|Photo: Victor Llana (www.boundlesscaptures.com)|
Some folks may even remember the old Civic Wagons, which are a cult collectible now and have their own community (I'd love to find one with low miles and no dents at a reasonable price).
In any case, the new CRV seemed similar to the old one, but when you put the two next to each other, you can see the evolution of the styling. The size is almost identical, but thanks to some clever shaping, the coeefficient of drag is 18 percent less--it runs more smoothly through the air. The new car is more powerful, too, with 185 horsepower coming from the 2.4-liter four-cylinder. A five-speed automatic is standard--so no shifting for yourself anymore.
The EPA gives the car 22 City, 30 Highway (25 mpg average). I got just 21.5 mpg--I must have been lead footing it. The EPA Green Vehicle Scores are 6 for both Greenhouse Gas and Air Pollution.
You can order a CR-V with all-wheel-drive--a nod to its possible (but unlikely) use offroad--and it'll tack on $1,300. It also steals one mile per gallon.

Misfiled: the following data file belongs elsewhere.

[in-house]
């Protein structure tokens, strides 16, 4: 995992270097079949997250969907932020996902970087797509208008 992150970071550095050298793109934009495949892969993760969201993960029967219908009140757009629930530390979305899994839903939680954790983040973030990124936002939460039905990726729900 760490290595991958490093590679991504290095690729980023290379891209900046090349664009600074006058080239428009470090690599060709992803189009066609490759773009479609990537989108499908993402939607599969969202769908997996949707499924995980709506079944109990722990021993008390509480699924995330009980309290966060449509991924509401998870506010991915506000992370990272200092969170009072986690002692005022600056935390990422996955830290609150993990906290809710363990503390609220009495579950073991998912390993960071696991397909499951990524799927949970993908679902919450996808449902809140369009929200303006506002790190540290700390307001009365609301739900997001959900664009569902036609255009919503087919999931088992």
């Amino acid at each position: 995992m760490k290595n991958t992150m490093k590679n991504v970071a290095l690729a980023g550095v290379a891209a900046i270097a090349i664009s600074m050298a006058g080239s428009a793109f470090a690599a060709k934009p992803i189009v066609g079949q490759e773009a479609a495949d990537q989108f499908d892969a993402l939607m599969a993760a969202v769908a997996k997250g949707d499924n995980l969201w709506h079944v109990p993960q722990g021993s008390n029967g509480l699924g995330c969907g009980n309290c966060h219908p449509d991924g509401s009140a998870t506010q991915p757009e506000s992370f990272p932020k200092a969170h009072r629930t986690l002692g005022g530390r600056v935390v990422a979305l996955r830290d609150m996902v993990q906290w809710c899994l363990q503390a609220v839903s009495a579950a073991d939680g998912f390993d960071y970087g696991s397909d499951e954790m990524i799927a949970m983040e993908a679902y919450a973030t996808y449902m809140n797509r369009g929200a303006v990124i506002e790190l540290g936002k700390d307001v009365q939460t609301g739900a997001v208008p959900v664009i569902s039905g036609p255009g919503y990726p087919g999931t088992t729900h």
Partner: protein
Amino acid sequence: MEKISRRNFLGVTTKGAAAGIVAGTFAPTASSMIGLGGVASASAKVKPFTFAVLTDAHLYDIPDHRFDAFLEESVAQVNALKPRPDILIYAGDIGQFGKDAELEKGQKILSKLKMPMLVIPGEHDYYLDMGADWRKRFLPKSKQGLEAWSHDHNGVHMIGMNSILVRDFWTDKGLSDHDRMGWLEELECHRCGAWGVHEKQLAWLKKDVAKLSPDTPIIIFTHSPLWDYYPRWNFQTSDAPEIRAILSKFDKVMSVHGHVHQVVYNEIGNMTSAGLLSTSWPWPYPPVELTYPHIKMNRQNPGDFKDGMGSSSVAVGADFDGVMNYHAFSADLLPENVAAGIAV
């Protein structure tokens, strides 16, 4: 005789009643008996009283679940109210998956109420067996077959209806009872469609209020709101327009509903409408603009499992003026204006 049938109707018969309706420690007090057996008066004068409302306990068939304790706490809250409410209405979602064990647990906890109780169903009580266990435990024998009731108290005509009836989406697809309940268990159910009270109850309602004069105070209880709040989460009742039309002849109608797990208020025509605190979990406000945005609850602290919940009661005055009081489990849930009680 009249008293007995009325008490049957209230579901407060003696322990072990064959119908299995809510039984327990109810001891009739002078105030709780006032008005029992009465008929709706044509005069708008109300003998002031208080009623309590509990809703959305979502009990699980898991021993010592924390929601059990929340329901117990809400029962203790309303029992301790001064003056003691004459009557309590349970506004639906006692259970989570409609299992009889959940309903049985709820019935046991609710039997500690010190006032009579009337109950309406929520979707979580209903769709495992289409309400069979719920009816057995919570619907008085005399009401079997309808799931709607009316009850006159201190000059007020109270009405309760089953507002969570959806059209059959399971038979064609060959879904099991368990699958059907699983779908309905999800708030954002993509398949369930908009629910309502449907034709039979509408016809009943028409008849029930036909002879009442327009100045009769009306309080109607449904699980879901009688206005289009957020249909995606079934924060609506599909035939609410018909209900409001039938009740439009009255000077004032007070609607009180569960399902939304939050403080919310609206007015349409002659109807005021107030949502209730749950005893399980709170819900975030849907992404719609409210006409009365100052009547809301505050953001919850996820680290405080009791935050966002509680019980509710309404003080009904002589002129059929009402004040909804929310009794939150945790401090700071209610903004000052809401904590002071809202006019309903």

The rear seats fold down more easily now--you can pull a lever in the rear compartment and drop them. That's handy. I wish the sunvisors were longer--there's no sliding piece or movable pad to block half the sun when it's to the side.
The interior feels like it should--smooth and nicely finished. There has been some complaining about the Civic's cheap materials but this car doesn't feel that way. And it shouldn't. My top-of-the-line EX-L with all-wheel drive, navigation system and leather topped $30,000. That sounds like the price of a luxury car--and as nice as it is, the CR-V is not one of those. That's Acura's job with the RDX.
You can pick up the LX model with two-wheel drive and no extras for $23,325--which sounds a little more like it.
|Old School 1987 Honda Civic Wagon|